Similarly to what has happened in Cuba, the introduction of the coupon system did not succeed in reducing significantly illegal black market transactions in foreign exchange because the coupons could not be used in all transactions and were subject to the political risk of government confiscation. After the economic liberalization of Eastern European countries, the coupon system disappeared for all practical purposes but currency substitution continued. For example, by abolishing the coupon system in 1987, the former Soviet Union implicitly authorized the use of hard currencies for transaction purposes for its residents even though these transactions remained formally impeded by law (Souvorov 1992).
In general, the currency substitution experience in centrally planned economies in Europe show some differences with that of Latin America. The degree of currency substitution in centrally planned economies prior to the liberalization of these economies was smaller than that observed in Latin America. Brand refers to some studies done for European countries which estimated that black market transactions in these countries were equivalent to about 3.5percent of imports from the west. Moreover, dollarization has fallen substantially in the 1990s in the aftermath of successful stabilization plans in Estonia, Lithuania, Mongolia, and Poland. 12 Sahay and Végh have concluded that because foreign currency deposits reflect mainly a portfolio choice, the fall in dollarization can be primarily attributed to higher real returns on domestic currency assets, as a result of lower inflation and more marketdetermined interest rates.
IV. Advantages and Disadvantages of Currency Substitution 13
An in-depth analysis of the macroeconomic performance of the countries which have experienced dollarization and currency substitution is beyond the scope of this paper. However, international experience shows that dollarization and currency substitution are reactions to external and price disequilibria, and that they cannot be relied upon to solve these problems. In addition, international experience shows that both, market economies and economies in transition from central planning to market economies that have succeeded in stabilizing their economies have done it through the implementation of strong fiscal adjustment programs accompanied by a monetary policy geared to protect the net international reserve position of the Central Bank and restrict price pressures. We turn now to the important question of whether a foreign currency should be permitted or not as legal tender when an economy is affected by dollarization and currency substitution.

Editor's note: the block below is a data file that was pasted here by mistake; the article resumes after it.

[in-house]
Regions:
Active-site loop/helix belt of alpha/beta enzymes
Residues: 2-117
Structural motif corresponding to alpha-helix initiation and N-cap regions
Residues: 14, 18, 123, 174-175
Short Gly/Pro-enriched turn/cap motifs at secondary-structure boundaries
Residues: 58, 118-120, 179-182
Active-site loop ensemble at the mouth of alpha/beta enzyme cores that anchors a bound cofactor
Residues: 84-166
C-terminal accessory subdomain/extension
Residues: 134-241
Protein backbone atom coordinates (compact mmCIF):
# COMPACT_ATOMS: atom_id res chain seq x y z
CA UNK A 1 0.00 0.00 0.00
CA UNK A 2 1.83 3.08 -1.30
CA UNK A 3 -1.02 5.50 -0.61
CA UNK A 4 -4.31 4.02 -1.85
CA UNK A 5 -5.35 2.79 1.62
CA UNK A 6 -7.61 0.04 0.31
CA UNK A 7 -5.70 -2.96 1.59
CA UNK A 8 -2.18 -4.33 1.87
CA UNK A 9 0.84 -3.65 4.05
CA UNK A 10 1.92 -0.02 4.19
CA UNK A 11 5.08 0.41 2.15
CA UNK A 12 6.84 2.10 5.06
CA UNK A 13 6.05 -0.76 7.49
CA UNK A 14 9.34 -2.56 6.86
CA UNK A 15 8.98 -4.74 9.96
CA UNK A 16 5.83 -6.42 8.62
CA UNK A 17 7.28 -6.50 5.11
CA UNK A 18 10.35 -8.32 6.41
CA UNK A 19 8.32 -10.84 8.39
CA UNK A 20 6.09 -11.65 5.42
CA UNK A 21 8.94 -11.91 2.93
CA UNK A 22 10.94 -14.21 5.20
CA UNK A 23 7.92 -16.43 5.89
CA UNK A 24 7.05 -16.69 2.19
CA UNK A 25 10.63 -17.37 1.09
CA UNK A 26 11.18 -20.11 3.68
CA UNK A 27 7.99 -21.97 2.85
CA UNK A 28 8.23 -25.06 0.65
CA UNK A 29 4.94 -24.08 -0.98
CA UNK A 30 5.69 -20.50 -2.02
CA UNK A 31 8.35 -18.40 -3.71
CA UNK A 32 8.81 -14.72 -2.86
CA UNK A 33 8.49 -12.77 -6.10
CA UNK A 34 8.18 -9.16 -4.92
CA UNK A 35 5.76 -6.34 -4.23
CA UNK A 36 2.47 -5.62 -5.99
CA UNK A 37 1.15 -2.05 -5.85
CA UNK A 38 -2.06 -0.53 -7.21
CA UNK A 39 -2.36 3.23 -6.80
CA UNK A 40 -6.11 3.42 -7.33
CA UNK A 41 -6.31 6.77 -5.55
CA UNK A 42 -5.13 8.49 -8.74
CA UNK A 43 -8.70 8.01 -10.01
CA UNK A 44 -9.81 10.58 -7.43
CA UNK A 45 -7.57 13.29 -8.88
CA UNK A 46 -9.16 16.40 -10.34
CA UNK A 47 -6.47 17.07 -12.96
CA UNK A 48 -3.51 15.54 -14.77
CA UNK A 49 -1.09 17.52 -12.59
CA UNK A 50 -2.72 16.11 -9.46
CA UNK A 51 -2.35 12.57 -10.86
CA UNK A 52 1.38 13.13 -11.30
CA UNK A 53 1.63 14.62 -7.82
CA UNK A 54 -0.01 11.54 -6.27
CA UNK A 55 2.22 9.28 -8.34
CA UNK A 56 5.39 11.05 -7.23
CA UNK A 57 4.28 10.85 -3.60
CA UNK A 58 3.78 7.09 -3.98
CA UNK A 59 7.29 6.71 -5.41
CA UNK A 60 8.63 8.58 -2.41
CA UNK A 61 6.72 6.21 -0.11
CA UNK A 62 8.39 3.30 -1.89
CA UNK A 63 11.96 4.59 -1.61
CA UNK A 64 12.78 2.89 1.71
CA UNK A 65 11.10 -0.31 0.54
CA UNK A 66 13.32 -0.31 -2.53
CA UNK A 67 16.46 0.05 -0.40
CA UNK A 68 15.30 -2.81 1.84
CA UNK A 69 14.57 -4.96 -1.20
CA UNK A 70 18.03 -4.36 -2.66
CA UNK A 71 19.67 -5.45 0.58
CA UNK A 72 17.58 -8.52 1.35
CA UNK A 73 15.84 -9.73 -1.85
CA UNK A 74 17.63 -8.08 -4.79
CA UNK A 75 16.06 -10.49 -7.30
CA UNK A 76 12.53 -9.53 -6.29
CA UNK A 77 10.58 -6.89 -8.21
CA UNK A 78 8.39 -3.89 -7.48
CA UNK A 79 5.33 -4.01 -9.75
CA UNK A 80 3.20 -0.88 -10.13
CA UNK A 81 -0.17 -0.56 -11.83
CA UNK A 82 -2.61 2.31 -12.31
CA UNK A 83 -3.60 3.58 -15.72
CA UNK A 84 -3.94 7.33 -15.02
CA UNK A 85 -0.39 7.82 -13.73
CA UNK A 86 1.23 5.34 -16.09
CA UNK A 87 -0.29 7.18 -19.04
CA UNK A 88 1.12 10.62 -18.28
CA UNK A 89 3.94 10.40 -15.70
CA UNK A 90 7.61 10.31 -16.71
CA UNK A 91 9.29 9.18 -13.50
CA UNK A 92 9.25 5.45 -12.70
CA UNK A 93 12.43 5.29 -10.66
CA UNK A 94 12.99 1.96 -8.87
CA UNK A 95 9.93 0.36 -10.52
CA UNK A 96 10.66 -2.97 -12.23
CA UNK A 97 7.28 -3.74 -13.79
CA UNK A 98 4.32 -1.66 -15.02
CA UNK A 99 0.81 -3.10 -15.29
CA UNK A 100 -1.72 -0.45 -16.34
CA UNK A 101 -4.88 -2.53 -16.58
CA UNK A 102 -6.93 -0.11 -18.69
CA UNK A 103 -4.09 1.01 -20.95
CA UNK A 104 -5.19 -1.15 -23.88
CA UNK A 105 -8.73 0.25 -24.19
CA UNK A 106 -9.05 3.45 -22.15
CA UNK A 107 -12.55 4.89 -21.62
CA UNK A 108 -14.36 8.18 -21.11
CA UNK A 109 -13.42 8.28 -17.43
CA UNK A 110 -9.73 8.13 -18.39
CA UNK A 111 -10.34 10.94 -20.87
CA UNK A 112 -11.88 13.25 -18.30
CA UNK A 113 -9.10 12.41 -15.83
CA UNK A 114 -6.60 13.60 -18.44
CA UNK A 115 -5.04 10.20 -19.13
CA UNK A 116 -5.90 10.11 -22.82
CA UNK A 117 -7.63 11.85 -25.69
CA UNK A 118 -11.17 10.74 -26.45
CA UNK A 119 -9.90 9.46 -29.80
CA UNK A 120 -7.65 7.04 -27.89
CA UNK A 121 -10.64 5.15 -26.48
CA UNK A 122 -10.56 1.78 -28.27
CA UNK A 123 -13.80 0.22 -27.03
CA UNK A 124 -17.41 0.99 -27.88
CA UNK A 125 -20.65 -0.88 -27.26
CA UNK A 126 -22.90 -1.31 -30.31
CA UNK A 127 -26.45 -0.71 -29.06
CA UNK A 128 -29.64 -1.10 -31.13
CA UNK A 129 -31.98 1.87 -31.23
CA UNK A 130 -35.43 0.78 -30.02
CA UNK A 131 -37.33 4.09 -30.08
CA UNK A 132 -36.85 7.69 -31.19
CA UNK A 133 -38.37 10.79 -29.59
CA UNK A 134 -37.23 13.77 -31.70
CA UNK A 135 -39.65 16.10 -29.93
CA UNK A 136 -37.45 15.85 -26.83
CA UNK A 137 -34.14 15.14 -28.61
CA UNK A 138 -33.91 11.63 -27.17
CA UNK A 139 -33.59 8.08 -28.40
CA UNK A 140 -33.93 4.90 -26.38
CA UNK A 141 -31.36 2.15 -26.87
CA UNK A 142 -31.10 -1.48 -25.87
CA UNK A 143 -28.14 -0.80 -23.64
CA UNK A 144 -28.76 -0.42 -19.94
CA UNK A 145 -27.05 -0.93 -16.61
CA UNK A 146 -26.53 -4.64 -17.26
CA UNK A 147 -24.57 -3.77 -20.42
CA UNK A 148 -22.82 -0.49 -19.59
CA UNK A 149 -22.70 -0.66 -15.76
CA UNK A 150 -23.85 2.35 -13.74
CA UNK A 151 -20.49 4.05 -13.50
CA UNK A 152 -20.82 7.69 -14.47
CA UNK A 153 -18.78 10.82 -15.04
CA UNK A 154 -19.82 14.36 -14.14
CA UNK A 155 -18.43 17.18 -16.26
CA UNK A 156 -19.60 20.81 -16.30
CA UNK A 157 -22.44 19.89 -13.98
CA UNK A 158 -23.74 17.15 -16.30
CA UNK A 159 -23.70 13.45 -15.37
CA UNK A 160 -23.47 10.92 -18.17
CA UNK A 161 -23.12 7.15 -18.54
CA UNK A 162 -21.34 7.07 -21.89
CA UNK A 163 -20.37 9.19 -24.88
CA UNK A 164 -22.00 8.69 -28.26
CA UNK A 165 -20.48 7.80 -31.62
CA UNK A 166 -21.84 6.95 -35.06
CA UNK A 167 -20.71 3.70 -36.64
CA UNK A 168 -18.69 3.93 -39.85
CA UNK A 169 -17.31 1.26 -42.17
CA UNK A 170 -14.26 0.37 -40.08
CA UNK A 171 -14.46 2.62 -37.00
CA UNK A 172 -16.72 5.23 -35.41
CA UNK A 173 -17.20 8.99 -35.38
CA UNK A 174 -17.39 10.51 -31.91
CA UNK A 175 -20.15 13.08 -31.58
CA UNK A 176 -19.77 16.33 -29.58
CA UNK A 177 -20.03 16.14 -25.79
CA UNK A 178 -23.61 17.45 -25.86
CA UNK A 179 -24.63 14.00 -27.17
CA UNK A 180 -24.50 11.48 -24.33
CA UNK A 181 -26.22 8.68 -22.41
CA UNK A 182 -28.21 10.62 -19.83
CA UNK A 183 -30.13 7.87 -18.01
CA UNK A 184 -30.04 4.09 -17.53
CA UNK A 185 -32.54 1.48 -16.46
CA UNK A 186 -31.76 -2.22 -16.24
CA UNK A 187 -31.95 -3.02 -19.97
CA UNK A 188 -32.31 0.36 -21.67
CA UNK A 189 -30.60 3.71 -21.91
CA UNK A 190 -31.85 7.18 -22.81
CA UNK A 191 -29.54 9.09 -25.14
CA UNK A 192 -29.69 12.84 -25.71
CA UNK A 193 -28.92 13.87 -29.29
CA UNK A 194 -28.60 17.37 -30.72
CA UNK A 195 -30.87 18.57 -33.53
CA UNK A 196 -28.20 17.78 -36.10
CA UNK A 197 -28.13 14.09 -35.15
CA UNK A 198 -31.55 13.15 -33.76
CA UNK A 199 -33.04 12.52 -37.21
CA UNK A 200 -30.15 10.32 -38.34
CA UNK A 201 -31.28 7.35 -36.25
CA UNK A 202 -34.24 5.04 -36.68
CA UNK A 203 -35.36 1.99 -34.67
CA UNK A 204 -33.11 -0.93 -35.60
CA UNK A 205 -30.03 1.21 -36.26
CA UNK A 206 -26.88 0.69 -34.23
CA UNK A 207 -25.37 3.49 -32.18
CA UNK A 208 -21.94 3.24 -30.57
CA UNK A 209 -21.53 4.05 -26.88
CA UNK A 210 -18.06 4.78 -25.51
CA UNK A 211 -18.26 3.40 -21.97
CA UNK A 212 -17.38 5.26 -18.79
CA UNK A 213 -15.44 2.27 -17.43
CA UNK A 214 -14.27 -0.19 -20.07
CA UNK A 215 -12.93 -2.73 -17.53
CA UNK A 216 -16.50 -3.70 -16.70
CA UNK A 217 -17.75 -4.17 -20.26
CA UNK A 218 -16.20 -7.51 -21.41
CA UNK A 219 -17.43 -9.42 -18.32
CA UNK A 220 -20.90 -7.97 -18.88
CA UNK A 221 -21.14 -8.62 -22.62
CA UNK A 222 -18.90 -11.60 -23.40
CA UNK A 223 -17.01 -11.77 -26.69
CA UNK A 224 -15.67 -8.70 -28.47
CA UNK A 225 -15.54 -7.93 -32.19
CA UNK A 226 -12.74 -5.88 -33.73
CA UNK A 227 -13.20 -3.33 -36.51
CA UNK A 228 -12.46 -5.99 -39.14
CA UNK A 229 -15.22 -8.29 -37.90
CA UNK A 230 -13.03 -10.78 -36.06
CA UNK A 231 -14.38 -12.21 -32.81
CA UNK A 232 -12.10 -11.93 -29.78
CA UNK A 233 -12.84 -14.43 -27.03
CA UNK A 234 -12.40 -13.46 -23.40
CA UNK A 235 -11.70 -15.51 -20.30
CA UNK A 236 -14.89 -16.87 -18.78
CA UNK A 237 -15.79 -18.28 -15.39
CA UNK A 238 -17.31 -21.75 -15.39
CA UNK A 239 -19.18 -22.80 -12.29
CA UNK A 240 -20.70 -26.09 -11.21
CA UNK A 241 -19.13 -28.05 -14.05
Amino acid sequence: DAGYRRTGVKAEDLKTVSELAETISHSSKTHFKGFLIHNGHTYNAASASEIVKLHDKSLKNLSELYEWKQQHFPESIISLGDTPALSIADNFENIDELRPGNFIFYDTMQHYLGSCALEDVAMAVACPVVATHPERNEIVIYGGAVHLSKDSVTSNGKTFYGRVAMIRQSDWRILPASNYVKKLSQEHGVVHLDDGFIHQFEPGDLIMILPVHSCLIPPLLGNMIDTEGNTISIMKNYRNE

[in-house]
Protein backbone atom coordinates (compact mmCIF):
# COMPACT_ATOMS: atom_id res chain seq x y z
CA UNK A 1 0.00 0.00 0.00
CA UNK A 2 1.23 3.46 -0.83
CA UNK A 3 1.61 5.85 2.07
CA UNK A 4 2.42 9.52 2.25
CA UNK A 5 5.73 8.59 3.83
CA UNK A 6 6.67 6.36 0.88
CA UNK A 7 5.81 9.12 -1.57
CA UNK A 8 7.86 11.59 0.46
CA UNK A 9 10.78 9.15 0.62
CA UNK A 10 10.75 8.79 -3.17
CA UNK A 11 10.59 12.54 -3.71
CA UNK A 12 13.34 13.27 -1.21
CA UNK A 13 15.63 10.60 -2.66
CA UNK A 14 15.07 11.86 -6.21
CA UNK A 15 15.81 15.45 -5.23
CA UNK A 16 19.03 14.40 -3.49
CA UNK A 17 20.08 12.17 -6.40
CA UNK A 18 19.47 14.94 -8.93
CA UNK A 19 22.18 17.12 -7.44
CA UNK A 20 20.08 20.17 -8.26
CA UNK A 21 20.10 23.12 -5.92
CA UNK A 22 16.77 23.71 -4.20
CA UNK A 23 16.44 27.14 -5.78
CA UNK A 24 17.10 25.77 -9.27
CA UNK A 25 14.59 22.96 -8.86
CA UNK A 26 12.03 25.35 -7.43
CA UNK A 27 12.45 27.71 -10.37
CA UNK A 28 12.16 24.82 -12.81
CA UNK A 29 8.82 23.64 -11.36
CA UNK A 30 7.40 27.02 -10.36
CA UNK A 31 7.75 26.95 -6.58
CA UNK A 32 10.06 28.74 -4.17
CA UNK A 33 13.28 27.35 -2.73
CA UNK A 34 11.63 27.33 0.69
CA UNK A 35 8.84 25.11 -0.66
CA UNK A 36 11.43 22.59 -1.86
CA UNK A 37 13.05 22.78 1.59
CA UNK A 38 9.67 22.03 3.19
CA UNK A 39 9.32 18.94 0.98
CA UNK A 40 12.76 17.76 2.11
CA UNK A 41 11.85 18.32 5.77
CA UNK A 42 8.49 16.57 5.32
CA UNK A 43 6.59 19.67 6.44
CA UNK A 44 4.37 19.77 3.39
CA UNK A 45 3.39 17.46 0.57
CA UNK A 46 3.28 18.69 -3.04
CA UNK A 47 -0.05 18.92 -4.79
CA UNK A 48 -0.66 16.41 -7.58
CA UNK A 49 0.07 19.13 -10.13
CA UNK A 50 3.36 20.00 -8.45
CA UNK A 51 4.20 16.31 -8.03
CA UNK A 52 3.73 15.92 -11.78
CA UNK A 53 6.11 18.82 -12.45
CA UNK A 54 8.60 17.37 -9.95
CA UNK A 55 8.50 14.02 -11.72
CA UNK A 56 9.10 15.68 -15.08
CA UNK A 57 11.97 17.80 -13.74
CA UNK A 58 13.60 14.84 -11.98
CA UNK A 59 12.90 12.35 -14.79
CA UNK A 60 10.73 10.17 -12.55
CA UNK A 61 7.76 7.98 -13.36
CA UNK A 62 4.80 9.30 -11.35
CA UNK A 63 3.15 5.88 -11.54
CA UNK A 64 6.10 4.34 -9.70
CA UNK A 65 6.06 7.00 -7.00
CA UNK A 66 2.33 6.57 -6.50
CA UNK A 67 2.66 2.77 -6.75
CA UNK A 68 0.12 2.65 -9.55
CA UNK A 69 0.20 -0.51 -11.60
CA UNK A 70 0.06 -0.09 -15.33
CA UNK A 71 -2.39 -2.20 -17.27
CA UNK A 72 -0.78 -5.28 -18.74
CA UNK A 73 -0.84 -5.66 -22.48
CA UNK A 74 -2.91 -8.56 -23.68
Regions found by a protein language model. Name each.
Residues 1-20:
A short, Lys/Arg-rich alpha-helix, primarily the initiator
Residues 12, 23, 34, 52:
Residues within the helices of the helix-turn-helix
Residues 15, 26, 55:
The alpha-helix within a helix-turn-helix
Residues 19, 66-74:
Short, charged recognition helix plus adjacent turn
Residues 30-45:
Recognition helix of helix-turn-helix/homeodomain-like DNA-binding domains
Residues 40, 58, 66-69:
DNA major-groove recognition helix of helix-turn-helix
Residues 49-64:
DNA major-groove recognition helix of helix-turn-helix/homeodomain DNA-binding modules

A. Advantages of Permitting Currency Substitution and/or Allowing a Foreign Currency as Legal Tender
Under inflationary conditions economic agents certainly benefit from switching from domestic currency to a convertible currency to protect the value of their financial savings. This is true whether the agent making the switch is a sophisticated investor or a Cuban guajiro who demands to be paid for his produce in U.S. dollars and wants to hold his savings in a foreign currency. It should be kept in mind, as noted above, that a process of currency substitution under highly inflationary conditions is likely to increase income inequality with the relative income of those who do not have access to foreign currency income being negatively affected.
From a macroeconomic perspective, it can be argued that allowing a foreign currency as legal tender enforces a stronger fiscal discipline by limiting the extent that a public sector deficit can be financed by the Central Bank, particularly if the dollarization is total like in the case of Panama. In fact, Moreno (1992) has advocated the dollarization of the Cuban economy as the most adequate system for a small and destined to be open economy. Sanguinetty and Moreno (1994) also have advocated permitting the circulation of the U.S. dollar in Cuba and creating a dual monetary system during the transition from a centrally planned economy to a market economy because it would limit the power of the Government to mismanage the economy.
Another argument that has been used in favor of adopting a foreign currency as legal tender is that allowing the circulation of a foreign currency provides the economy with an attractive means of payment and helps maintain the level of output because the distortion of the information carried by prices is mitigated (Rotowski 1992). Rotowski argued that, under high inflation, authorities may loose little when they give up the attempt to obtain inflation tax revenue because the potential for this kind of revenue might be small due to the decline that already has taken place in the demand for money. Rotowski noted that in the limit, an economy that is unable to use a “secondary” currency will end up with a low outputbarter equilibrium. To back up his thesis Rotowski referred to the experience in Russia with the use of a second, stablecurrency (the chevonets) in the 1920s, 15months before full stabilization was carried out. Industrial production increased by 30percent in the last year of hyperinflation in the Soviet Union, an experience that was very different from the cases of Germany and Poland during their periods of hyperinflation in the early 1920s.